“I had always been interested in history and that goes for surf history as well. We used to ride old longboards in the late 80s and 90s and decided to start an old longboard riding event. We had old Gordie’s and Velzy’s and Ole’s that would probably be worth a fortune now and had a few surf events we lovingly called “Log contests” in the mid 90s.. We were just having fun cruising the logs and trying the old school style and turns from the early to mid 60s… I would do the art for the posters and shirts..and it was fun for awhile.. until people started getting too serious and were bringing new modern longboards to the “log” contest so it wasn’t really what we were aiming for. My buddy Benny Bigler was the manager at Bruce Jones Surfboards in Sunset Beach and people were constantly bringing in beautiful old 1970s era Bruce Jones’ to trade in for new ones. Benny started collecting a few and we were digging the old shapes. So we were like “Lets have a 70s surfboard riding event”! We called it the Surfside 70s and hold it just inside the border at Anderson St near the Water Tower house. We started that in 1998 and just had our 24th annual this year. I do all the art every year and come up with different 70s concepts..We now have a much larger collection of boards and friends like Tony Alvarado that bring down maybe 60 or more pristine 1970s sticks for people to ride. We used to joke and put names like Gerry Lopez on the heat sheet but nowadays we have actual 70s legends show up to the event. (PT, Rory Russell, Sam Hawk, Buzzy Kerbox…etc) Each year we give tribute to a 1970s legend or shaper and I get to tell stories about the history and shaping and try to focus on things that have been lost to history so we don’t forget. We hooked up with Bud Llamas in 2014 and started the HB 80s event where everybody rides 80s boards at Goldenwest St. Bud has a surf shop called 17th St Boardshop and runs it all through his shop.. I do all the art for that event and focus on Bud or other 80s legends that we all want to celebrate. Then we started the Sunset 60s event and back to the original idea we all ride 1960s era boards and I do the art for it all and then we connected the three retro events calling it the Triple Crown of Retro Surfing sponsored by Quiksilver. We have been getting some great photographers coming down capturing the surf action like Mike Moir who comes from all the different eras which lends great visual brilliance to the whole thing. I started an instagram called Retro Surf Series where I can tell some history and show old photos of surf spots and things and write about shapers and surf shops.. so much history out there.”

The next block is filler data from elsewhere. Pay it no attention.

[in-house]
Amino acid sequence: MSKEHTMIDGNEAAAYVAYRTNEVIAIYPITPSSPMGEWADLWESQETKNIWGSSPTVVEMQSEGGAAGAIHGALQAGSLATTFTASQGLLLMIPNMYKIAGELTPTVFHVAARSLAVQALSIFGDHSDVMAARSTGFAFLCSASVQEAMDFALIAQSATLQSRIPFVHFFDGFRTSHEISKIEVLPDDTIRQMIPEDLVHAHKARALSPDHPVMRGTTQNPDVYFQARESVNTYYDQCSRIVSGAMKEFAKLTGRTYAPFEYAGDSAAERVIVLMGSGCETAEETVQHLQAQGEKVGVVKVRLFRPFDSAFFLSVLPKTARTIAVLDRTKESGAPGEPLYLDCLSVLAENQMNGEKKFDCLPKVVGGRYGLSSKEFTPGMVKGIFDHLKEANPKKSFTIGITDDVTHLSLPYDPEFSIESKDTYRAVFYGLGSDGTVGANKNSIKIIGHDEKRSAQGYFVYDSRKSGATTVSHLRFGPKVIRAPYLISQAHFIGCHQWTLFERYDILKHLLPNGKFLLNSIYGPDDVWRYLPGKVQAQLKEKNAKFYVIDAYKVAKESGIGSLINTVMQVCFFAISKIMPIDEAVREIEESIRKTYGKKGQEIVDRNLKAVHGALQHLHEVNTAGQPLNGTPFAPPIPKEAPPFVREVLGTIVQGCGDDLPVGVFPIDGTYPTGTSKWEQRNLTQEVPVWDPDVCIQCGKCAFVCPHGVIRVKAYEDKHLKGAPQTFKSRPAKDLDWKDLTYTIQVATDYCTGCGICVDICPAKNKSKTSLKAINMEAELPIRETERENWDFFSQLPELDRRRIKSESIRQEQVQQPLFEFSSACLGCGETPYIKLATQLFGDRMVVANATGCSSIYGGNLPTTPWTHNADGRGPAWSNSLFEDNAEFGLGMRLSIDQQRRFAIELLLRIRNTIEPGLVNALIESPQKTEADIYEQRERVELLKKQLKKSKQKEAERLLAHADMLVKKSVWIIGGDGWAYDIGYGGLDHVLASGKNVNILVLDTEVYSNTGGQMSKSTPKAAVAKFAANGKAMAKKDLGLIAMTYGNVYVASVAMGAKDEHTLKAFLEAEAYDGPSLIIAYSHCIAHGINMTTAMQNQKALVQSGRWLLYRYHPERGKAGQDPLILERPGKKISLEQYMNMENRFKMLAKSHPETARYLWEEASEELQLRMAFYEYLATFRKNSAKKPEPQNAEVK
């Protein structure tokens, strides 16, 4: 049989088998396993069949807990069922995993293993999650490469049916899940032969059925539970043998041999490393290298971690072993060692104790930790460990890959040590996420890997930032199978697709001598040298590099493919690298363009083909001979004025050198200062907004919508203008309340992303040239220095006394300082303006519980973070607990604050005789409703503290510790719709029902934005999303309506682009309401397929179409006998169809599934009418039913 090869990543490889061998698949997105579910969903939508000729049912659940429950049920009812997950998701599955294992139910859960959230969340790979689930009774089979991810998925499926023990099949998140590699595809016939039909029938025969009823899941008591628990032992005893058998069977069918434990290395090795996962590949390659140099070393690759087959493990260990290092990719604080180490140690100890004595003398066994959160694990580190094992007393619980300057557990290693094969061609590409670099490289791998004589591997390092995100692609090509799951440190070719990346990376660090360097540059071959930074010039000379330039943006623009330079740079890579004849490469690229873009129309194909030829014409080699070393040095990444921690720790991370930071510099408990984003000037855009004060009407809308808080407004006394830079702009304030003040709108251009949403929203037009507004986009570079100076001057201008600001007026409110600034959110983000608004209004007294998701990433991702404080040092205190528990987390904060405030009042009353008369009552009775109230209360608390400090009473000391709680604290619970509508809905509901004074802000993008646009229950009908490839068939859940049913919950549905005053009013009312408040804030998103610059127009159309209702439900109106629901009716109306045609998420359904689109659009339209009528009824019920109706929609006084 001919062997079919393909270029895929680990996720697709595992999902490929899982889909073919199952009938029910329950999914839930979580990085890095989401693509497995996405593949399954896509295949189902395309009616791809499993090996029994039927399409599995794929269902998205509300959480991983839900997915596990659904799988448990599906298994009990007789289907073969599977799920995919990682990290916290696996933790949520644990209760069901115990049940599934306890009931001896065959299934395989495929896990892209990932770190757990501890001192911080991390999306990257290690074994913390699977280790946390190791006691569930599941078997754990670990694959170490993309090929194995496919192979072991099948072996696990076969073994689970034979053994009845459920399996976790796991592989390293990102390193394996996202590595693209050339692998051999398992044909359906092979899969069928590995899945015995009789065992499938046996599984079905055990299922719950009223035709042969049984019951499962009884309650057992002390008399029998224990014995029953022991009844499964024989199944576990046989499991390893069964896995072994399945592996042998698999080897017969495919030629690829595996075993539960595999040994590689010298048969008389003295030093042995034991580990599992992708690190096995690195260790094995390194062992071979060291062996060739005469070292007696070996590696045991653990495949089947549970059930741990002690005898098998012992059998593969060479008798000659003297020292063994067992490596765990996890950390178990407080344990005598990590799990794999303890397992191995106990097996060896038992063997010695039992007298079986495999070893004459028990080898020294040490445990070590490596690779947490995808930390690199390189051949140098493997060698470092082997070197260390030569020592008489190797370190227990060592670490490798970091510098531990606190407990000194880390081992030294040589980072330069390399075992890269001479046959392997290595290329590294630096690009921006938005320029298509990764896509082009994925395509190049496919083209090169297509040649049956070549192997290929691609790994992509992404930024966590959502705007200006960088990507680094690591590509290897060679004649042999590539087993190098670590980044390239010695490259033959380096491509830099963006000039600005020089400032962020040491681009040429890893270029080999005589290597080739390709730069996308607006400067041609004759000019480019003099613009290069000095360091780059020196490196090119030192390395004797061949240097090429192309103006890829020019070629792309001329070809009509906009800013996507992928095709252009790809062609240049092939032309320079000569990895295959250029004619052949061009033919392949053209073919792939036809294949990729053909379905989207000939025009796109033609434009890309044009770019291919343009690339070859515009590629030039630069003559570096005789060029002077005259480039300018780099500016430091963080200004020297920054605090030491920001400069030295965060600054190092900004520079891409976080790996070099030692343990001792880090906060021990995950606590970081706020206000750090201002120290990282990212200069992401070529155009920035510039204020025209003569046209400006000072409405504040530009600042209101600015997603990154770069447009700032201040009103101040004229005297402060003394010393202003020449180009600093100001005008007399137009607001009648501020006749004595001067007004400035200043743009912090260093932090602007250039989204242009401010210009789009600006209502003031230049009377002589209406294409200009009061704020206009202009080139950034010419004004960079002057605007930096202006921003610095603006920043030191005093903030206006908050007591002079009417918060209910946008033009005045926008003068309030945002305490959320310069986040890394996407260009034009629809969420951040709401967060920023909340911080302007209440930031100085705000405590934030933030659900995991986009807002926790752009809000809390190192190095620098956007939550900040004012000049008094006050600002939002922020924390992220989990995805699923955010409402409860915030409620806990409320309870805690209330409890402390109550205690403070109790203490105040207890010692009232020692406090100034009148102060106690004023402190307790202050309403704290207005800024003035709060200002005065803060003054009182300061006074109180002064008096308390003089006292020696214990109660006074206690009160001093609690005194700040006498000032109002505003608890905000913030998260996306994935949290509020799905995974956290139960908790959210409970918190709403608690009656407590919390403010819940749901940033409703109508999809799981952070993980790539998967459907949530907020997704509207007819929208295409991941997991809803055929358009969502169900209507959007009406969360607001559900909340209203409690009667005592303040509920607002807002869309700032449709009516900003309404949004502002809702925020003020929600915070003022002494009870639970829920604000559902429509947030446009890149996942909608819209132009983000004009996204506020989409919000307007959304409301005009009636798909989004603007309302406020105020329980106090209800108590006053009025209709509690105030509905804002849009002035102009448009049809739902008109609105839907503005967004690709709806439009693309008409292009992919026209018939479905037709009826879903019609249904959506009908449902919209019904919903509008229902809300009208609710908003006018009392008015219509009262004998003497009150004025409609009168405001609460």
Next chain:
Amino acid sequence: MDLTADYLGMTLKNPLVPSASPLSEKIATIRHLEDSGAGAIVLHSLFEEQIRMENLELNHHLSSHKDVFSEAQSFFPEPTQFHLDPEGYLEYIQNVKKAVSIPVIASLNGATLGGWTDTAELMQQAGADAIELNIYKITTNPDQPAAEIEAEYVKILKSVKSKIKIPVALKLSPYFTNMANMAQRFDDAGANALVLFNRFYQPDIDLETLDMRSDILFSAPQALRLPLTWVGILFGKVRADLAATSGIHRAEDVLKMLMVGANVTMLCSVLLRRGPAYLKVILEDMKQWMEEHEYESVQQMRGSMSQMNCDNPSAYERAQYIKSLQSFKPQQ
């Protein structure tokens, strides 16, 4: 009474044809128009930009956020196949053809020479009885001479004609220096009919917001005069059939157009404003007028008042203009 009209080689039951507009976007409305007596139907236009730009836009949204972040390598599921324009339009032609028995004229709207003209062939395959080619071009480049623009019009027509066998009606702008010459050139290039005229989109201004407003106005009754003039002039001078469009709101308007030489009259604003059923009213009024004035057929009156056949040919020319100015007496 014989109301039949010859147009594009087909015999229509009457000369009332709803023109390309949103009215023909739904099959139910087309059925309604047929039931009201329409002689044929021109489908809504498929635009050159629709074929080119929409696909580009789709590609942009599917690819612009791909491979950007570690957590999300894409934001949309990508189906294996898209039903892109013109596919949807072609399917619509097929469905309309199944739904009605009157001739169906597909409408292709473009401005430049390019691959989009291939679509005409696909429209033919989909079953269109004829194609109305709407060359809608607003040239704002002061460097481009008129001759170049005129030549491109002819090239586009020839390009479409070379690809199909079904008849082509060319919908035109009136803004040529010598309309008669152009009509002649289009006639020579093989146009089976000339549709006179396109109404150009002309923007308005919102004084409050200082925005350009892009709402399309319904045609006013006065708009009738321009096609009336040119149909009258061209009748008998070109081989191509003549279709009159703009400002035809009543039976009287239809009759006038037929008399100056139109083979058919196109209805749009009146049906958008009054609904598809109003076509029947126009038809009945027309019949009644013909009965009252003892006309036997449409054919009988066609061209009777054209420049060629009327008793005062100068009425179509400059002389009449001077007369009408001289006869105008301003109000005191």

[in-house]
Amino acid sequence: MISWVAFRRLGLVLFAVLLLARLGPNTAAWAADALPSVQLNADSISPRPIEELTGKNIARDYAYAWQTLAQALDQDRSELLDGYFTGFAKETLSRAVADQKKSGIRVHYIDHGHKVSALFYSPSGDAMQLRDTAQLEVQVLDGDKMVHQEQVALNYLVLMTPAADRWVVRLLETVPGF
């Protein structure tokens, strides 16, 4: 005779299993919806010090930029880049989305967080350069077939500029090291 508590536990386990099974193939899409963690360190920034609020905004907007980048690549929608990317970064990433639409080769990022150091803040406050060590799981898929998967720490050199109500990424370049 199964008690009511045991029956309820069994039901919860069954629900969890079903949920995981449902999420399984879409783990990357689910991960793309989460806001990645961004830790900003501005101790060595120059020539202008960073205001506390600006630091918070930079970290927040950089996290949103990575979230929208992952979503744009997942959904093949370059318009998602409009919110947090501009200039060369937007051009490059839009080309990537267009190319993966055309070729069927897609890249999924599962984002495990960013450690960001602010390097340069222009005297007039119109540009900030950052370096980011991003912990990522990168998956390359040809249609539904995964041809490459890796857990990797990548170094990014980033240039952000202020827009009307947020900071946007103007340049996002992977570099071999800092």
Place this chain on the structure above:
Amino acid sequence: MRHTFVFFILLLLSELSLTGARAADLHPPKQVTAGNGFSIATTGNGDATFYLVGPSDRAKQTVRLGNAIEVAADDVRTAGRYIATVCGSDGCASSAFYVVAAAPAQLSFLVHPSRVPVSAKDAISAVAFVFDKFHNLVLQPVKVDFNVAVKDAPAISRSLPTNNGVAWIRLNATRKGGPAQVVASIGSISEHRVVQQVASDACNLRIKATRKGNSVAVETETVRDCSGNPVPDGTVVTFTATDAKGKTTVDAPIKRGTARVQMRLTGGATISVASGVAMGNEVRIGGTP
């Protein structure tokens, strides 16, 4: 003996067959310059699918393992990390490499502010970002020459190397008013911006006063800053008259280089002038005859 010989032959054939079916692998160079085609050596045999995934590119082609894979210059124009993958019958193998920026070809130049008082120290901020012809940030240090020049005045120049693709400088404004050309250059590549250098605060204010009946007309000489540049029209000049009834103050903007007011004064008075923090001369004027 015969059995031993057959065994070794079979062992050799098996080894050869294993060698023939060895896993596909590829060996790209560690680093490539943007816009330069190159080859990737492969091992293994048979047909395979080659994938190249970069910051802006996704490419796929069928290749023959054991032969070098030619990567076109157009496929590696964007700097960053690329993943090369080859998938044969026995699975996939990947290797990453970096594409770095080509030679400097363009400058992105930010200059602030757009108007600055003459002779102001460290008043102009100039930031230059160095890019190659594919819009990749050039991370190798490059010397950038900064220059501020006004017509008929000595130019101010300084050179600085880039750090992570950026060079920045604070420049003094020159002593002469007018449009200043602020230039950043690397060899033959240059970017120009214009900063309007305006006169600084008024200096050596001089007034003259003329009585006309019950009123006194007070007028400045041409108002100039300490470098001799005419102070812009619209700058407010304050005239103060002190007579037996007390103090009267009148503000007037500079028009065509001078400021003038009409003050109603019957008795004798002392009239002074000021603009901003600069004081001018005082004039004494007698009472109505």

Rick grew up in Huntington Beach and learned to surf at the local beaches back in the 1980’s. After graduating Cal State Long Beach with a Fine Arts degree he went to work in the surf industry for Billabong and then Hurley. His love for art overcame all else and he got a teaching credential and now works as an Art Teacher at a middle school in Orange.